Daily Harvest -- 3/22/2016
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FARM & RURAL POLICY
Agri-Pulse Daybreak for March 22, 2016
- (Audio) President Obama wraps up his historic trip to Cuba; GMO labeling growing amid congressional deadlock; EPA’s Gina McCarthy is on the Hill; White House wins water pledges; and lawmakers pack meals for the hungry. This and more in today’s Daybreak.
Agri-Pulse: Highlights from 2016 Agri-Pulse Ag Day Panel
- (Video) This year's Agri-Pulse Ag Day Farm to Fork Politics discussion focused on sustainability and the role it is playing in the food supply and agricultural policy. Here's a brief summary of key quotes and moments from the discussion.
The Hill: A 21st-century investment in productive, sustainable agriculture
- (Opinion) “Research and development investments, and the capacity to extend new innovations to farmers, are some of the most important predictors of a country's ability to increase the productivity and sustainability of its agriculture system,” writes Margaret Zeigler.
Wired: Good Riddance, Chemicals: Microbes are Farming’s Hot New Pesticides
- The flood of money into biologicals is new, but the idea itself is not. Organic farmers have long used bacteria called Bacillus thuringiensis as a pesticide, and the gene for its insect-killing toxin is genetically engineered into most corn and cotton grown in the US.
Modern Farmer: This Closed-Cycle Method Could Dramatically Lower Dairy Farms’ Energy Use
- The Northeast is a huge dairy producer, but it imports most of its cow feed from the Midwest where production and transportation of corn and soy is cheaper. Trucking feed across the country is pretty lousy energy-wise.
ABC News: Duke Energy Signs Deal to Turn Pig Poop Into Electricity
- Duke Energy Corp. said Monday it is expanding its renewable energy from livestock waste, adding poop power to investments the country's largest electric company has made in whirring wind turbines and acres of solar arrays.
LA Times: How can gas company offset emissions from the Aliso Canyon leak? Regulators offer a plan
- To offset greenhouse gas emissions from the massive Porter Ranch leak, Southern California Gas Co. could pay to plug abandoned wells, install methane-gobbling digesters at dairy farms and help people buy more efficient furnaces and water heaters, state regulators say.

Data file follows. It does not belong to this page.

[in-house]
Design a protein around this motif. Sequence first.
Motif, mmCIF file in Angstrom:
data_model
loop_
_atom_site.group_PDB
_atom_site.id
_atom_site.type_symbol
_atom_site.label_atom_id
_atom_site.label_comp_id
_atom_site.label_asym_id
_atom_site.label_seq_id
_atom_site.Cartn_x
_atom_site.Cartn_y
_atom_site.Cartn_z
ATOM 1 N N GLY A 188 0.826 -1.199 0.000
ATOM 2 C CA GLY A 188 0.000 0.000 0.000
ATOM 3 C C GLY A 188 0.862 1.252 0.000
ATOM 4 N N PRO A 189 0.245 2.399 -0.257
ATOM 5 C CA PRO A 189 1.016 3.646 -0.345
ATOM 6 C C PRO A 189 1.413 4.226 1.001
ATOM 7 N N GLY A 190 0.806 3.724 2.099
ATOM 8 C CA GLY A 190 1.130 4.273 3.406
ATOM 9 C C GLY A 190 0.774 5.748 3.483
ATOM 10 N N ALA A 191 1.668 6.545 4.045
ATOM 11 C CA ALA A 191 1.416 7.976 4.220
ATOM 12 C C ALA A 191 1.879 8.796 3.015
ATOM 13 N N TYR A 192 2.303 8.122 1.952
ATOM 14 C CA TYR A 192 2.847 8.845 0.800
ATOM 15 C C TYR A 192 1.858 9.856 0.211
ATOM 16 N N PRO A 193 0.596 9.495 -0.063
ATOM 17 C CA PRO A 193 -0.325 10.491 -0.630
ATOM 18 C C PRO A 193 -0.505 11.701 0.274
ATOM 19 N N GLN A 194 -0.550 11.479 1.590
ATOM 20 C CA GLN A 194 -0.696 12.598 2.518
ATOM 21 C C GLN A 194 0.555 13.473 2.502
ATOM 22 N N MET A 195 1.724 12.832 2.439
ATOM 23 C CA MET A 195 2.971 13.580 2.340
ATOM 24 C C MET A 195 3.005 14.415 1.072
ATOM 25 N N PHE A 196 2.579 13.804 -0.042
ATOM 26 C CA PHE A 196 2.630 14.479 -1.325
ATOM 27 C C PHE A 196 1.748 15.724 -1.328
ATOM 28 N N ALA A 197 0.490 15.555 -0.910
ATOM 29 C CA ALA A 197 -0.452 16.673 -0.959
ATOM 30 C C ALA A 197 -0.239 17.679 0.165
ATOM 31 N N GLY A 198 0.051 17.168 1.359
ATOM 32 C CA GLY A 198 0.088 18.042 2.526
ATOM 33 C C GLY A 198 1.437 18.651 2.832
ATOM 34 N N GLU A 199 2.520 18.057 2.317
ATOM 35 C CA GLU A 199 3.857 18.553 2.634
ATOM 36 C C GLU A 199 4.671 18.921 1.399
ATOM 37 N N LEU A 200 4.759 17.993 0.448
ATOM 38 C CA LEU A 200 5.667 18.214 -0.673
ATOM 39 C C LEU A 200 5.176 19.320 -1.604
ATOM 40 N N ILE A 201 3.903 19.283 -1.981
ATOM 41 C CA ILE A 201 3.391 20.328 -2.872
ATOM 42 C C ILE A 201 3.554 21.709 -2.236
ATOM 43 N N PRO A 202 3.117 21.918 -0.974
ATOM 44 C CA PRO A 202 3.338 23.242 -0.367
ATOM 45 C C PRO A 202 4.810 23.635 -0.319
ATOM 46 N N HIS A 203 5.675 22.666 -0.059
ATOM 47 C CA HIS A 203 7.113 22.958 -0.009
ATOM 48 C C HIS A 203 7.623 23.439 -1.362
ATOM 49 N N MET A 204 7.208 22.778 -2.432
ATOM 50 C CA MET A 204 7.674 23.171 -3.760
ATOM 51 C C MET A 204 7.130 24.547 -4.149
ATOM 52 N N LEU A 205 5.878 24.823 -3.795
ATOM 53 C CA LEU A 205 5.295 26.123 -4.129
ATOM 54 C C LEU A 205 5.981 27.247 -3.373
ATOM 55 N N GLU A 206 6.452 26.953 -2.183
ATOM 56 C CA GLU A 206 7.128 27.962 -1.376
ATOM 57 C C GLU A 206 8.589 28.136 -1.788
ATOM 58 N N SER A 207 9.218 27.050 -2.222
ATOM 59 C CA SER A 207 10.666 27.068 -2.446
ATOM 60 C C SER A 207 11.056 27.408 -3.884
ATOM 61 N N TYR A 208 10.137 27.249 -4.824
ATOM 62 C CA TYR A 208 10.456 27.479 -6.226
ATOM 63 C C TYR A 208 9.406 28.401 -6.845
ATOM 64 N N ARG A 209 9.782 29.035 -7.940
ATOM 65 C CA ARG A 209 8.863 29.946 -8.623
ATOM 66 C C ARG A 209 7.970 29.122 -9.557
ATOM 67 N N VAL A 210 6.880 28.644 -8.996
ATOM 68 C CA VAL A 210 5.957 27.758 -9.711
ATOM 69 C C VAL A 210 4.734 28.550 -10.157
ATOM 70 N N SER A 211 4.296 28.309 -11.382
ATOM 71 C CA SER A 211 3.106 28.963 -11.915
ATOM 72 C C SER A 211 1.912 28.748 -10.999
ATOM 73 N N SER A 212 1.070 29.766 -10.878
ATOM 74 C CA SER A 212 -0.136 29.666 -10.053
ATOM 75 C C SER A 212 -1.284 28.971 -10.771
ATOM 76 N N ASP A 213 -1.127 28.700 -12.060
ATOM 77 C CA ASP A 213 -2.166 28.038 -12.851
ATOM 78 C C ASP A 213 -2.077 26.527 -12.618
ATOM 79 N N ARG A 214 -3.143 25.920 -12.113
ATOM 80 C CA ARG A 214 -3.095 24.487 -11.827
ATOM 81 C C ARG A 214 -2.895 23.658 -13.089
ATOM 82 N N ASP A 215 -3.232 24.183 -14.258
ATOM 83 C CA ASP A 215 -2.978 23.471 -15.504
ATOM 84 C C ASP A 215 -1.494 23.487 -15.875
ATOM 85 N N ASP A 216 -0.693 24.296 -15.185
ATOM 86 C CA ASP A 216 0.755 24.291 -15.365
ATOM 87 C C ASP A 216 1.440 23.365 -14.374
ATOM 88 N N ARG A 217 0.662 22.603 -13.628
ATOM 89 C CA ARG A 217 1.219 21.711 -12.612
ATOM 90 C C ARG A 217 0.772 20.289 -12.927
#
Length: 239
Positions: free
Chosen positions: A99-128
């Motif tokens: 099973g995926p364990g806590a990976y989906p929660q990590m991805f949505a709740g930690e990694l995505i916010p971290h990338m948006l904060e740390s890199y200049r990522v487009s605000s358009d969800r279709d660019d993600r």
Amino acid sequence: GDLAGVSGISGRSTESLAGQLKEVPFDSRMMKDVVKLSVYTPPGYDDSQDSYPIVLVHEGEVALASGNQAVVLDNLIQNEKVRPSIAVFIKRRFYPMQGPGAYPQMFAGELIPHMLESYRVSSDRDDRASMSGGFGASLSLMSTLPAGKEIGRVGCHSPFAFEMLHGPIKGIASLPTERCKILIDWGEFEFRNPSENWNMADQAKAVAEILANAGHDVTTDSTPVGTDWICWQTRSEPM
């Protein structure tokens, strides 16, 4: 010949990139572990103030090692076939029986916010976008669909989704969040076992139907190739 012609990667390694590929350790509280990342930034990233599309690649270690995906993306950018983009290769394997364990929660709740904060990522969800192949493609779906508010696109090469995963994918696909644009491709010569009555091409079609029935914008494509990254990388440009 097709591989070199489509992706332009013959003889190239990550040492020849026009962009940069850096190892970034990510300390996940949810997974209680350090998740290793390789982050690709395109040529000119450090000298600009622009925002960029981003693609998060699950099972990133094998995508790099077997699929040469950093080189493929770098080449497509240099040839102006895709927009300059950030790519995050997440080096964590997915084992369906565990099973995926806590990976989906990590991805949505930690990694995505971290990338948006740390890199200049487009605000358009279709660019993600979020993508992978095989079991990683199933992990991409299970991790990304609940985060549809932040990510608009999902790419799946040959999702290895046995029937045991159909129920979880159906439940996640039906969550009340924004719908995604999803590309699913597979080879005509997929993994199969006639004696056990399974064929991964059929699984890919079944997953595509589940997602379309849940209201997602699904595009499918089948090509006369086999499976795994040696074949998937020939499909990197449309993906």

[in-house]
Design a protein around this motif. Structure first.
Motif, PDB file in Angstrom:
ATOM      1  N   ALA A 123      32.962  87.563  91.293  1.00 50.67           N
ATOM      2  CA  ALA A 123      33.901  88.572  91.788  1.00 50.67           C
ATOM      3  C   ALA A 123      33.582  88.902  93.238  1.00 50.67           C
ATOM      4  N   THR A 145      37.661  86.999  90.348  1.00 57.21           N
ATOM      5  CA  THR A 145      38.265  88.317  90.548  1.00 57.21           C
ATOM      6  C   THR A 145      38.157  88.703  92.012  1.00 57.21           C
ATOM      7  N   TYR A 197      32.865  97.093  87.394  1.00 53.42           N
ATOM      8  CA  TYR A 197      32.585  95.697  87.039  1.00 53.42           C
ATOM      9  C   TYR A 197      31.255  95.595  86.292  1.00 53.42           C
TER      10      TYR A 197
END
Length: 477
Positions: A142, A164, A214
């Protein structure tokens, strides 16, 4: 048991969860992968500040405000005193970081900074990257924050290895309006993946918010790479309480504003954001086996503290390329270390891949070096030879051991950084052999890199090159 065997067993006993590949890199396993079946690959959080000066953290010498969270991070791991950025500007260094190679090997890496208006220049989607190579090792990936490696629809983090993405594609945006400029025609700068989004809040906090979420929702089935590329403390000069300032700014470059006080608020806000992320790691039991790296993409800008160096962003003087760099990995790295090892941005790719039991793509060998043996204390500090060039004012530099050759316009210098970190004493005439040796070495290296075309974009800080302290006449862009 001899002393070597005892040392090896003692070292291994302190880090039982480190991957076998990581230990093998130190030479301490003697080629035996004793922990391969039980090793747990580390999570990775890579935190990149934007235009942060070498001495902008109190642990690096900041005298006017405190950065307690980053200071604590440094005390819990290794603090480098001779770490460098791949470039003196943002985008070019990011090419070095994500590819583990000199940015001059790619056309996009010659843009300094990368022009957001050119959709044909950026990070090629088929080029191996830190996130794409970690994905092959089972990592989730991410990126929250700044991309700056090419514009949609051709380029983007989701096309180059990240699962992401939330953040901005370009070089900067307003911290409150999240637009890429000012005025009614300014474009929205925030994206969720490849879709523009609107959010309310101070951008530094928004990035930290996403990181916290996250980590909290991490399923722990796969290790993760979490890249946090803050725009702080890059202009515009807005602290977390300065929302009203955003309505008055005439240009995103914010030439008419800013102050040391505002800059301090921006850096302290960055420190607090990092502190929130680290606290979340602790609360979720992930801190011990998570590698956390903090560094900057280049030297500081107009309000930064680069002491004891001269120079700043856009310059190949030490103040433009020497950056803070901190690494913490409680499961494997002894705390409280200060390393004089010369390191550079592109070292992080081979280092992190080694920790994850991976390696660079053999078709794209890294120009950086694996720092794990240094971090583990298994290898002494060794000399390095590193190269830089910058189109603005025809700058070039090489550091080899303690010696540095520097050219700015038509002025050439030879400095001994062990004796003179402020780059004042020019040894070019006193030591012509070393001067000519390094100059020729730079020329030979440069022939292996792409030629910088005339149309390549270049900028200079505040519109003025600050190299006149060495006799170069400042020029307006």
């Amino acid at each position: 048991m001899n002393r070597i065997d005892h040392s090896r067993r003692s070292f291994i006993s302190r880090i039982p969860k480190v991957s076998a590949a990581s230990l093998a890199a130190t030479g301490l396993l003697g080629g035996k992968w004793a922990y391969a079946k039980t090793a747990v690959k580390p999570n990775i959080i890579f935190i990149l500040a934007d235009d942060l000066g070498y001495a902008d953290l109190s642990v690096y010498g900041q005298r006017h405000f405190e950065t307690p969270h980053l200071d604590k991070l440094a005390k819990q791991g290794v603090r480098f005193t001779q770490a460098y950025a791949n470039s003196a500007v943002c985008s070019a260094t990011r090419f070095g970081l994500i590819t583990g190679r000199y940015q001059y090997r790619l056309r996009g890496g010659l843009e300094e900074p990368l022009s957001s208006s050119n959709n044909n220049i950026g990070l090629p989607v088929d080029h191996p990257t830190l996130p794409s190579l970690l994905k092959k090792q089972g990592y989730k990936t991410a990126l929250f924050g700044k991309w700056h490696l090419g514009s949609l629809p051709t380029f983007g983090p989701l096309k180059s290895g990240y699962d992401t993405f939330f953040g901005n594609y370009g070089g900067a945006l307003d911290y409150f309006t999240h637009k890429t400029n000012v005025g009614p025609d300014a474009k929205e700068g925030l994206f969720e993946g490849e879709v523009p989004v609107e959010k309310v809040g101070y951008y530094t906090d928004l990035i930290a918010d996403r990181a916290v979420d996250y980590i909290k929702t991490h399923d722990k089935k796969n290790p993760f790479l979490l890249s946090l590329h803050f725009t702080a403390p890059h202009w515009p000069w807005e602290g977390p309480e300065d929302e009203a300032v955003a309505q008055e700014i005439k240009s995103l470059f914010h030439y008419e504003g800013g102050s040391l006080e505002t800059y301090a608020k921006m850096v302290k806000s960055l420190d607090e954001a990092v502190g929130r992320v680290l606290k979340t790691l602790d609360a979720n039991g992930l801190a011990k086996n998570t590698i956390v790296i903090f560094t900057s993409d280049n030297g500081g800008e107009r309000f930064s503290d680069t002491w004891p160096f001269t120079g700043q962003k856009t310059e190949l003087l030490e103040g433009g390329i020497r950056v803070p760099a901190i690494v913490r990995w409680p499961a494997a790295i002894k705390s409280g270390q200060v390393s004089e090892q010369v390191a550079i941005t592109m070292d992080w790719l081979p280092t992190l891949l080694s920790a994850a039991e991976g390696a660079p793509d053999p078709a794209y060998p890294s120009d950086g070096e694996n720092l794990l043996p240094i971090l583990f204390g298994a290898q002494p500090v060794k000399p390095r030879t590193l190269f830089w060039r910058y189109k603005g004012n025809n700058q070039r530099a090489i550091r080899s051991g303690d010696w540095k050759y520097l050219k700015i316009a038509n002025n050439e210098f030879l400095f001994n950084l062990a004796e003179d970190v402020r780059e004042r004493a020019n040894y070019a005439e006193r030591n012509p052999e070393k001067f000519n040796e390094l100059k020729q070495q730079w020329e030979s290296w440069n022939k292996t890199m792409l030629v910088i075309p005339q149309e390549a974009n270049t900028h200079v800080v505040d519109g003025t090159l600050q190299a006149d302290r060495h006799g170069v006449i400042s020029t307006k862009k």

Wall Street Journal: New Market for U.S. Shale Gas Opens in Europe
- Swiss petrochemicals giant Ineos Group Holdings SA plans to accept the first American shipment of a type of shale gas to Europe on Wednesday—a milestone that marks the opening up of a new market for American energy producers trying to sell a glut of the fuel.
FOOD & NUTRITION
Agri-Pulse: Kellogg's, Mars to start labeling GMOs amid Senate deadlock
- The Kellogg Co. has joined Mars Inc. and General Mills Inc. in announcing plans to start complying with Vermont's first-in-the-nation GMO labeling requirements that take effect in July.
Seattle Times: Effort to Legalize Home-Baked Goods Stuck on Cutting Board
- New Jersey and Wisconsin are the only two states that effectively ban the sale of home-baked goods. Opponents cite public health concerns and unfair competition against established businesses.
Business Insider: Pennsylvania dairy's raw milk is linked to listeriosis death
- Officials say the source is believed to be milk from Miller's Organic Farm located in Bird-in-Hand in Lancaster County, Pennsylvania. Miller's Organic Farm isn't licensed by or inspected by the state agriculture department and doesn't do retail sales, but does business via mail order to a membership club.
New York Times: Kraft Reveals Revamped Mac and Cheese, 50 Million Boxes Later
- The new mac and cheese formula that first hit shelves in December is free of artificial preservatives, and instead of artificial dyes, contains a combination of paprika, annatto and turmeric. But only customers paying careful attention to the ingredients would have known.
TRADE & INTERNATIONAL
Agri-Pulse: USDA OKs using check-off money to promote sales to Cuba
- U.S. farmers may soon be able to use funds from federal check-offs for the first time in Cuba, a breakthrough for the U.S. agriculture sector which is seeking to boost exports to the communist country.
Agri-Pulse: USDA eases restrictions on checkoff funds for promotion in Cuba